Leanne Cushing is an accomplished engineer and inventor with more than 18 years of robotic systems experience — having designed systems for automotive, entertainment, automation, and consumer-electronics applications. Cushing also happens to be the captain of the BattleBots team Valkyrie. In a recent exchange, she shared with us her passion for and perspectives on mentoring young innovators and creating meaningful solutions to global challenges with engineering. Here’s what she had to say.
What first drew you to engineering?
I was fortunate that engineering was introduced to me pretty early. In middle school we students participated in a simulation program to encourage us to think about what we wanted to be when we grew up. I’ve always loved watching planes take off, and I thought aerospace engineering would teach me how humans figured out how to defy gravity and fly.
Were there influential engineers who helped shape your decision to become an engineer?
On the FIRST Robotics team to which I belonged in high school, one of our mentors was an engineer at Smiths Medical. When he saw how I was working through ways to design a box-stacking mechanism for our robot, he taught me about the various means to achieve linear motion … and ultimately helped me design a system for box stacking employing plastic chain and sprockets.
But as a freshman, I found my first year on that robotics team to be socially difficult. Part of the challenge was that I had so much to learn: At that point, I didn’t even know the names of most of the tools I was handed to use. Having a mentor with whom I could openly ask questions (when the boys on my team were out of earshot, of course) contributed to the success I had on the team … and ultimately helped prepare me for the hands-on work I found at Rochester Institute of Technology (RIT).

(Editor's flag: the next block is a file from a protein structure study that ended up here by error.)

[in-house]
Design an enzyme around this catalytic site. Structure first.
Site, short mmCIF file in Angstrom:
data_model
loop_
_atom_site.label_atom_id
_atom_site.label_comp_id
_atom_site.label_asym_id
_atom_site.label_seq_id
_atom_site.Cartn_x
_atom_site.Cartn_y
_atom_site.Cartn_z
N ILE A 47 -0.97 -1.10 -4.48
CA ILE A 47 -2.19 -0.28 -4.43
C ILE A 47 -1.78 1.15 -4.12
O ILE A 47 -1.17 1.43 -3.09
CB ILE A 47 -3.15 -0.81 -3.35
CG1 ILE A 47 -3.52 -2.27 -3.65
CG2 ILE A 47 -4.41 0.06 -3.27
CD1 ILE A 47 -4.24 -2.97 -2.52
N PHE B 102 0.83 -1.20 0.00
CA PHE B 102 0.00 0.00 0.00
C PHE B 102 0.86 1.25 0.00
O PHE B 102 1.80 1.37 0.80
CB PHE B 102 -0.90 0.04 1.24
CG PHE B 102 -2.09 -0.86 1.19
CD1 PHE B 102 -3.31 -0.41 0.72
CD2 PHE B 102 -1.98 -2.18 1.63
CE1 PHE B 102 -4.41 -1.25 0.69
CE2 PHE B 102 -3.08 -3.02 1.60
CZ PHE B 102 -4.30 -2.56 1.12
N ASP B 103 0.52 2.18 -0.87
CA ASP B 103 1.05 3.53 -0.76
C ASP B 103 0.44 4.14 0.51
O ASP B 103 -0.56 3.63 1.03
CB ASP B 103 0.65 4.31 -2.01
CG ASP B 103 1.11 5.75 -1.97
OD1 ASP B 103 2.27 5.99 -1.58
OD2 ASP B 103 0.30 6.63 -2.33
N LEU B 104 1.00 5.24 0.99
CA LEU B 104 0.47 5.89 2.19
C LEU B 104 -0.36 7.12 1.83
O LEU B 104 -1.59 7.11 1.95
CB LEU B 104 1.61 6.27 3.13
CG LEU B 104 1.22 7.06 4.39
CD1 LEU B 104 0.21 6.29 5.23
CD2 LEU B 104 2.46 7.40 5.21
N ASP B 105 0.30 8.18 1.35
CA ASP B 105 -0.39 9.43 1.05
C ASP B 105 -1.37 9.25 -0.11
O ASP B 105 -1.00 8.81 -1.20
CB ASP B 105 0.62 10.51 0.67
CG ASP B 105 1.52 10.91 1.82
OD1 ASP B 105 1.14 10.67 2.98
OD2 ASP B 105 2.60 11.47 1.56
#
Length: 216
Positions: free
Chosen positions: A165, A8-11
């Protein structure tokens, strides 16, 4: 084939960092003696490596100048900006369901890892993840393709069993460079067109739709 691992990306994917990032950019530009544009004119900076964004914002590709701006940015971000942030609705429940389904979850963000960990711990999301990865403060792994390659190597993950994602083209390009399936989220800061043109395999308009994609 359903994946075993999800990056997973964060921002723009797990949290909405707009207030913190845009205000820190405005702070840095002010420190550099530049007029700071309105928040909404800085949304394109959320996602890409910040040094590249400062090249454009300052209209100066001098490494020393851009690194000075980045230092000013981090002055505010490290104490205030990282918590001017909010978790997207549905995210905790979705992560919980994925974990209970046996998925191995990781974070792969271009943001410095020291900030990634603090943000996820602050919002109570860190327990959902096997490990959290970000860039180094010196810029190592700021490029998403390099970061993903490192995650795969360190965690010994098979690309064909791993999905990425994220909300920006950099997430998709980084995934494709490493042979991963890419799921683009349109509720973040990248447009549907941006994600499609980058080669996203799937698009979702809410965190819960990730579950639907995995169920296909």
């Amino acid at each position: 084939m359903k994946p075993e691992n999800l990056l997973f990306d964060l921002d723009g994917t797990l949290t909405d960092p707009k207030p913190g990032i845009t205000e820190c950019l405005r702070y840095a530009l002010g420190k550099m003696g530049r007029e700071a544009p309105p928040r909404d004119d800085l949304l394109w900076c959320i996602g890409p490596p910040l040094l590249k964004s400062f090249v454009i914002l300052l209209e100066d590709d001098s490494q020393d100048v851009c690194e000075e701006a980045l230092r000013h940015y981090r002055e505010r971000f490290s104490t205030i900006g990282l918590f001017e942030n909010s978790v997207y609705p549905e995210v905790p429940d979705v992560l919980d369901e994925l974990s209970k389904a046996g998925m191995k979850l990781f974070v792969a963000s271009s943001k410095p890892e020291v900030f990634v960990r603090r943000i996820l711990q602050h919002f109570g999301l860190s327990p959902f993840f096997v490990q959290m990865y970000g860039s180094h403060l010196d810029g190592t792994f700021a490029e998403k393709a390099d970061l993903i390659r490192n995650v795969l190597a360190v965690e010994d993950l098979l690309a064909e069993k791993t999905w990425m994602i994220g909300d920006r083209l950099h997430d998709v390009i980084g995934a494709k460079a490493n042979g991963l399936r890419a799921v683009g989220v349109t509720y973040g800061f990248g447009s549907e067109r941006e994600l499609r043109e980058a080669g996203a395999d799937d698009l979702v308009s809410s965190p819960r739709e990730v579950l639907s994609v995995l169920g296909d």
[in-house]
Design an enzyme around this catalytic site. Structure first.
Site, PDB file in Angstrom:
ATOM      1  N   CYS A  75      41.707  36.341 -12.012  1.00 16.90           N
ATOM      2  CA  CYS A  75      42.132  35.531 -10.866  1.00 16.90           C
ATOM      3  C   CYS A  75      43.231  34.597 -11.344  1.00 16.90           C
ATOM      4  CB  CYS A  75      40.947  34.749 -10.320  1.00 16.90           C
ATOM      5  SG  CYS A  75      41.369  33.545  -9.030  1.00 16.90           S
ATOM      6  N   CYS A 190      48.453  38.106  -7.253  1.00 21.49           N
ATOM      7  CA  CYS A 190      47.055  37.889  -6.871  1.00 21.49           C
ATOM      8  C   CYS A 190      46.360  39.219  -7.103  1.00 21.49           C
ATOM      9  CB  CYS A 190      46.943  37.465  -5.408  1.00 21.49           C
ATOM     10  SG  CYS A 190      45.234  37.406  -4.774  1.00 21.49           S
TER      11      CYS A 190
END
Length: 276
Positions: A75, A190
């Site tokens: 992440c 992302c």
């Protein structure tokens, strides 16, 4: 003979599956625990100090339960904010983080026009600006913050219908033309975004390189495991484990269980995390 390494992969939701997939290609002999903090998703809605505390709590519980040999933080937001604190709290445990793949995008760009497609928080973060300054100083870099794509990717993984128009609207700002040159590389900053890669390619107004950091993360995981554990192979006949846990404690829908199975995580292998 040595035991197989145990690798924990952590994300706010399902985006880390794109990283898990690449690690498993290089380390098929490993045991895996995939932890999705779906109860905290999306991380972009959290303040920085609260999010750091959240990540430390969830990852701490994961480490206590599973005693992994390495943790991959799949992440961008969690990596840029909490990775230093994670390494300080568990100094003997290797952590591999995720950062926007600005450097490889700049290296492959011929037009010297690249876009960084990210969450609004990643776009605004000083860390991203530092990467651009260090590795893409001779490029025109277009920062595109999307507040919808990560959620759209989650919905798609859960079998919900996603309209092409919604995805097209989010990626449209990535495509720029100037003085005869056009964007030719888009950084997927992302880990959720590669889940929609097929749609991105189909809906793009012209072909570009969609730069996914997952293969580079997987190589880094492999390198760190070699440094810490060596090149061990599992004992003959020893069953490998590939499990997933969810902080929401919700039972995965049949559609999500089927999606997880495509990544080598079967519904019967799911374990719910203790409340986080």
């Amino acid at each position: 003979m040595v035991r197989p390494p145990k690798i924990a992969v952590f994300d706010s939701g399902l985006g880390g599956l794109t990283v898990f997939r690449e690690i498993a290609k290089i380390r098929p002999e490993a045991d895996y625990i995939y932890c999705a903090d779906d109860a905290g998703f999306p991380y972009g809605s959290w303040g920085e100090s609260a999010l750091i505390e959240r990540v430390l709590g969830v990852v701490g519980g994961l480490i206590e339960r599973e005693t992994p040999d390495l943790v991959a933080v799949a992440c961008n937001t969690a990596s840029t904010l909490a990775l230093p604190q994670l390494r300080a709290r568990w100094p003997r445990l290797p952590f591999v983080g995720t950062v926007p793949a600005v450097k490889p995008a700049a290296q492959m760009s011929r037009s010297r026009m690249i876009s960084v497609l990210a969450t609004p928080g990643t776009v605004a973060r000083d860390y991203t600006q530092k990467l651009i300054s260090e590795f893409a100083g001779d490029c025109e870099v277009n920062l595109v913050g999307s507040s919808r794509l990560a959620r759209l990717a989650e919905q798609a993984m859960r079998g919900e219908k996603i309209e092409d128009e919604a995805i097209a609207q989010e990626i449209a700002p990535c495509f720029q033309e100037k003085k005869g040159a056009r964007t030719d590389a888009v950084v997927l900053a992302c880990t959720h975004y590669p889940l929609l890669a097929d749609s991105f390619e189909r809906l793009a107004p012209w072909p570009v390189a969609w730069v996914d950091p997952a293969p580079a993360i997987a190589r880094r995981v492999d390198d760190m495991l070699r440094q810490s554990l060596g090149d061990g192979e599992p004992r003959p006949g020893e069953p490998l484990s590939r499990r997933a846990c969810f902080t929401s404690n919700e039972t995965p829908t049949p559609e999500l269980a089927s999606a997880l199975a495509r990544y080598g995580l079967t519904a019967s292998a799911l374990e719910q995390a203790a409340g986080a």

Describe your involvement in a product launch that went well.
I’ve joined a number of startups as one of the first employees to sort out some degree of organization in chaos. For example, in one position at American cybersecurity and data-backup company Datto, I completely overhauled the organization’s approach to hardware sourcing and management by establishing partnerships with Intel, Gigabyte, and others. Working at an organization that grew into an incredibly successful company taught me a lot — and also gave me a lot of confidence in my abilities.
My current R&D role at OnePointOne focuses on opportunities to change the way farming is currently done — and I’m really excited for us to show what we’re working on. I currently can’t say much more than that … but it’s a world changer. I have a hard time not working on the weekends because I love what I’m doing and believe in our mission so much.
How did you get involved in BattleBots?
On the year of the show’s return in 2015, my roommate was working on the first design of the robot Overhaul. I was only mentoring a FIRST Robotics team at the time, so the idea of getting to design robots again rather than just support seemed really exciting. I joined a team in the 2016 season, but we were disqualified. I vowed I’d be back on the show: I wanted to start fresh with my own team, one that wouldn’t need to feel the stress and chaos of my 2016 experience. Valkyrie is about to go into our third year and my team members have become my family and best friends.
The most satisfying part of working on BattleBots from an engineering perspective is seeing material science up close and in action. A lot of theory you learn at a university level is hard to witness day-to-day — so every time you have a material or component failure, you’re learning and growing as an engineer.
Describe your biggest engineering challenge to date.
My biggest challenges have been adjacent to engineering but not actual engineering problems that couldn’t be conquered. When starting my own home-appliance company, I had to balance both engineering and fundraising. It was the hardest two years of my life. I was stressed, broke, and underslept most days. We completed our invention (and it still lives at my cofounder’s house) but we couldn’t close our funding round — and had to find work elsewhere.This year has thrown a pandemic, a heatwave, and wildfires at me and it is still better than most of last year.